Renowned for creating artworks that explore the dilemmas of human existence, British artist Damien Hirst’s For the love of God, laugh rebels against mortality by transforming the human skull into a glittering object of desire. Coated with diamond dust, the print depicts Hirst’s sculptural work For the Love of God 2007, a platinum cast of an eighteenth‑century skull encrusted with 8601 diamonds.
A familiar motif in memento mori still lifes, the skull is a haunting symbol of contemplation and foreboding. Our attention is drawn to its smile — the real human teeth the only part of the work not covered by diamonds — bringing a sardonic humour and sense of contempt that suggests victory over decay.
Damien Hirst ‘For the love of God, laugh’
Damien Hirst ‘For the love of God’
Watch: The making of the sculptural work ‘For the Love of God’
A key figure in the Young British Artists (YBAs) movement in late 1980s and early ’90s Britain, Damien Hirst uses an unashamedly direct visual aesthetic to comment on the transience of life and the futility of wealth.
Inspired by Hirst’s site-specific installation Pharmacy 1992, a life-sized replica of a working British pharmacy, the Pharmacy matchbooks draw on the artist’s interest in medicine as a powerful belief system that offers an antidote to mortality. The images that appear on the front of the matchbooks include visual and typographical references to pharmacology, such as blood‑filled vials, pills and medical instruments. Bringing attention to the commercial pursuit of science — to offer a remedy for death and decay — Hirst juxtaposes these images with physical matches, igniting a sense of tension in the work.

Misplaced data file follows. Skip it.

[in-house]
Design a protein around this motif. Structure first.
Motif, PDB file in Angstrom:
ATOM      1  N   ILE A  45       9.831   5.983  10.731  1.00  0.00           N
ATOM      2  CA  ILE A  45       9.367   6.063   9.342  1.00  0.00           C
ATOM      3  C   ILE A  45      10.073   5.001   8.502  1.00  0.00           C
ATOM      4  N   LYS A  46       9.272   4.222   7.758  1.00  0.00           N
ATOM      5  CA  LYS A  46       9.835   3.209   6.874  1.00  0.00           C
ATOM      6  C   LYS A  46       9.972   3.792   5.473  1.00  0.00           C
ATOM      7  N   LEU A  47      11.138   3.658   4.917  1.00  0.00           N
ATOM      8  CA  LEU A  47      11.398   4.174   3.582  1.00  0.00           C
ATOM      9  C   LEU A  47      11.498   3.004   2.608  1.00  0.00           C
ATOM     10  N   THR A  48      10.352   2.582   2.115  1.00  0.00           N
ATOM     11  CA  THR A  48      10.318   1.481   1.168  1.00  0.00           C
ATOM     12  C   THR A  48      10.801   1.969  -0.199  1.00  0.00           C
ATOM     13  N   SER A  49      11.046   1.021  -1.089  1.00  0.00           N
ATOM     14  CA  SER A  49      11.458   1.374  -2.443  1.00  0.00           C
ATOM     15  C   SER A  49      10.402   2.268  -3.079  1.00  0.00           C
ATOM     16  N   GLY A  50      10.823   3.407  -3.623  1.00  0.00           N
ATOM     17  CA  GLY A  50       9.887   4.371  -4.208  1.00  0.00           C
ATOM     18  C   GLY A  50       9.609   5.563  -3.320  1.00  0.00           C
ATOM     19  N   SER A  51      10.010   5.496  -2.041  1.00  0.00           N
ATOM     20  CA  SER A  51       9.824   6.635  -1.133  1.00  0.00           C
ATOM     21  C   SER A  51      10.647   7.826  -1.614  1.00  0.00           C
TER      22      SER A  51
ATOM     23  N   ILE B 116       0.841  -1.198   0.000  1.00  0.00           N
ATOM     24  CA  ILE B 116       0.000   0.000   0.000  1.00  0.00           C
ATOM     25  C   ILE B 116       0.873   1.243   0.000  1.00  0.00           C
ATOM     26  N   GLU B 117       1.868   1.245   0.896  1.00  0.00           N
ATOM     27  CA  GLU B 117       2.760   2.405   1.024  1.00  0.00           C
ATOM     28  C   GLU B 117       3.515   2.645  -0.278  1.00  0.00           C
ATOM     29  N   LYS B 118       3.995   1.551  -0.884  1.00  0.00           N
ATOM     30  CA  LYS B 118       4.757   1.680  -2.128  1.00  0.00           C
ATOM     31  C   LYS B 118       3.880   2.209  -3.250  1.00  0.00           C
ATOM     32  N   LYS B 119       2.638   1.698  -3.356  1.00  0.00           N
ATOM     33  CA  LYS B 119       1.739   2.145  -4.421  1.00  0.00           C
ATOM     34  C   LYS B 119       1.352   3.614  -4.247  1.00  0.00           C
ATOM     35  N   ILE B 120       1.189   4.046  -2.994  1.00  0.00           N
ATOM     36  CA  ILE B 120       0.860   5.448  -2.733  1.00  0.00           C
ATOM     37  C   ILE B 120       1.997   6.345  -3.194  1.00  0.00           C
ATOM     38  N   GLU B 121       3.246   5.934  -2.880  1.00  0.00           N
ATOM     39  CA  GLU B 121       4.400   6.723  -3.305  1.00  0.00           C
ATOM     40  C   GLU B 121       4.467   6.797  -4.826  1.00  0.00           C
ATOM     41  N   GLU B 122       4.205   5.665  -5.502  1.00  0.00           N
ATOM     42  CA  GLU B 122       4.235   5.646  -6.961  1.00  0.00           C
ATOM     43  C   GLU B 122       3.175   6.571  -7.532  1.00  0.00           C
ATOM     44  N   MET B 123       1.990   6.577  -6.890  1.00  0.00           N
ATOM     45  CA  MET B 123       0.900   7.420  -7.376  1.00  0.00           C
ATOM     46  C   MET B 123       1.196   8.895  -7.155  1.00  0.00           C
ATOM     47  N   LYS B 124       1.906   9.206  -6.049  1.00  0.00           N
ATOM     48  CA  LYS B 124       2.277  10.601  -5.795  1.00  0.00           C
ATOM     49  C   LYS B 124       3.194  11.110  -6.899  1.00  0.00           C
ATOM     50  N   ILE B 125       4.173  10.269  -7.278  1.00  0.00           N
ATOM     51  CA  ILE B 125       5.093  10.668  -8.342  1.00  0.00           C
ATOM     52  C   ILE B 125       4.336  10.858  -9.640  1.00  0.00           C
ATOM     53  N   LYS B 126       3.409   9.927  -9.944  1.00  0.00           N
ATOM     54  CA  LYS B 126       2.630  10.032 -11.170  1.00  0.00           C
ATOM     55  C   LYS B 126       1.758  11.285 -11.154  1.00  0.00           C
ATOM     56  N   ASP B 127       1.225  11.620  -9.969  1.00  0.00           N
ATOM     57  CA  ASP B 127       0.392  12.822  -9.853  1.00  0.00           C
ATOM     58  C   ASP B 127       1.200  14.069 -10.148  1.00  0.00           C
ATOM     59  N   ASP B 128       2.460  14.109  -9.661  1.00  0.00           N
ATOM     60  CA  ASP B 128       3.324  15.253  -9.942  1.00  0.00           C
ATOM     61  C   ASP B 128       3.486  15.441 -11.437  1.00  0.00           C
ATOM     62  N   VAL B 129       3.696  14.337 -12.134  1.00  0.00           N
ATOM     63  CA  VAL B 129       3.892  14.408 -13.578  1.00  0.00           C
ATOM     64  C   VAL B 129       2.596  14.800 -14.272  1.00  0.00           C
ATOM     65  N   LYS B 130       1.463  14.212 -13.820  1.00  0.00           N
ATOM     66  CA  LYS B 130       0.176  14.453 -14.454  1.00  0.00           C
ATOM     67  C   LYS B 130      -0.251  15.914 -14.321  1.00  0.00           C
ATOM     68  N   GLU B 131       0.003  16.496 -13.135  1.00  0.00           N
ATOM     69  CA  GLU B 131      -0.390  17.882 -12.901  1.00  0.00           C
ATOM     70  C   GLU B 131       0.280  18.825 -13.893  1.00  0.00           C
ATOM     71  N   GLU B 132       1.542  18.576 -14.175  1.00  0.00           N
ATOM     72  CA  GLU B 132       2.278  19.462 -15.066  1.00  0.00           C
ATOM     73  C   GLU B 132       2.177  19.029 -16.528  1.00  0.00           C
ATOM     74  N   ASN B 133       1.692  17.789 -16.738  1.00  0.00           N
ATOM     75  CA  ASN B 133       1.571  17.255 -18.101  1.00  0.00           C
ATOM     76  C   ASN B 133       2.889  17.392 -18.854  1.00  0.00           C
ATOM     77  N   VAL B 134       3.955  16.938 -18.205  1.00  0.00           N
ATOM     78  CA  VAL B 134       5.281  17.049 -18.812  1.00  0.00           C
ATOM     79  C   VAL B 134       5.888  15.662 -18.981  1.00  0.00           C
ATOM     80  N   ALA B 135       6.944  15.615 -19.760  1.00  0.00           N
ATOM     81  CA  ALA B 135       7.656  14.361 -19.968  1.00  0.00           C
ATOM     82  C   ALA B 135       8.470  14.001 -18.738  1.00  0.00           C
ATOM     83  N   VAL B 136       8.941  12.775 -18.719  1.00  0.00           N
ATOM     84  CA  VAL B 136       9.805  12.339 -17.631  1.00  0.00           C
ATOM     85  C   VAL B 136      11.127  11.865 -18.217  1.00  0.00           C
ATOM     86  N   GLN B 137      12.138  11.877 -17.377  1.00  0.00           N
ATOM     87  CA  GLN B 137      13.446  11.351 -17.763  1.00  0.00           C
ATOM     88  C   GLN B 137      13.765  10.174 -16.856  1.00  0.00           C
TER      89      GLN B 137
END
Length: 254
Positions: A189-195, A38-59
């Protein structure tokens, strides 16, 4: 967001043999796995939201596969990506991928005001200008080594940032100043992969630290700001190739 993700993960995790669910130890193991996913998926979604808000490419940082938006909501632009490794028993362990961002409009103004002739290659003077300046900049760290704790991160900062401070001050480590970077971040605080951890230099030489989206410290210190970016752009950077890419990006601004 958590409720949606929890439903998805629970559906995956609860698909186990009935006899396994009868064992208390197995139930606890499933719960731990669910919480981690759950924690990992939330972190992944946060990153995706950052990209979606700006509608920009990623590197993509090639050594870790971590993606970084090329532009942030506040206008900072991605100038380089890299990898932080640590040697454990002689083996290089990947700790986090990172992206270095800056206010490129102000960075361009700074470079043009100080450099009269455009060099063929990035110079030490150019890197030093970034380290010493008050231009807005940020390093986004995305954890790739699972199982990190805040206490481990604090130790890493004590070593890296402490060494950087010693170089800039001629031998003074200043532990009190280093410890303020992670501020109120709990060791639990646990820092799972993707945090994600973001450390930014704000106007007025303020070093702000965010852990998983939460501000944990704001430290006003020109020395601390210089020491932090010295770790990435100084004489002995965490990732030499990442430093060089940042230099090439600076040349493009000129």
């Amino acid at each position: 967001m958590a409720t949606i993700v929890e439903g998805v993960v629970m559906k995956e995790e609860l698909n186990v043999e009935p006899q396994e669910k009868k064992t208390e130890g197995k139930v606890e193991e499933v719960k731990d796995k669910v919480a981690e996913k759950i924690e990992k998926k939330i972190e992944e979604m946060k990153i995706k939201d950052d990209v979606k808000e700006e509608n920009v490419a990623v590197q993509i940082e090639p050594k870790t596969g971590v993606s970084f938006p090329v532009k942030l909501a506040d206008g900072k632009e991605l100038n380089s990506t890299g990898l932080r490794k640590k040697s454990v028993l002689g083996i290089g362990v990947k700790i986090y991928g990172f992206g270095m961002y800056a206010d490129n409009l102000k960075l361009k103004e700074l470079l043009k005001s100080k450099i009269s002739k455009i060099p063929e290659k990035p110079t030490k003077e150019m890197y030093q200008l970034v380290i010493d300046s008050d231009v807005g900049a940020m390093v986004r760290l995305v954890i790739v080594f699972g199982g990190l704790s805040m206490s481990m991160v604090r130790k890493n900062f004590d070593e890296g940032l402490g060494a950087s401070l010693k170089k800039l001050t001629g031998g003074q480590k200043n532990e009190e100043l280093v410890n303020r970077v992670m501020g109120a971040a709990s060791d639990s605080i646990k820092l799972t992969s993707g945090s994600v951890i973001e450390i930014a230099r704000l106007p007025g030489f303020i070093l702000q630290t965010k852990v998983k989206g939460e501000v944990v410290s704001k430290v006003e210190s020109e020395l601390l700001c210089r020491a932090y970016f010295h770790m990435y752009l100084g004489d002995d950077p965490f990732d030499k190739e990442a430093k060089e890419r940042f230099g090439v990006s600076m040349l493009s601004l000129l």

Damien Hirst ‘Pharmacy matchbooks’
On view in ‘Still Life Now’ which considers the way artists draw on ideas of the still-life tradition to explore issues of consumerism, beauty, power, postcolonialism and gender politics / Gallery of Modern Art (GOMA) from 24 September 2022 until 19 February 2023.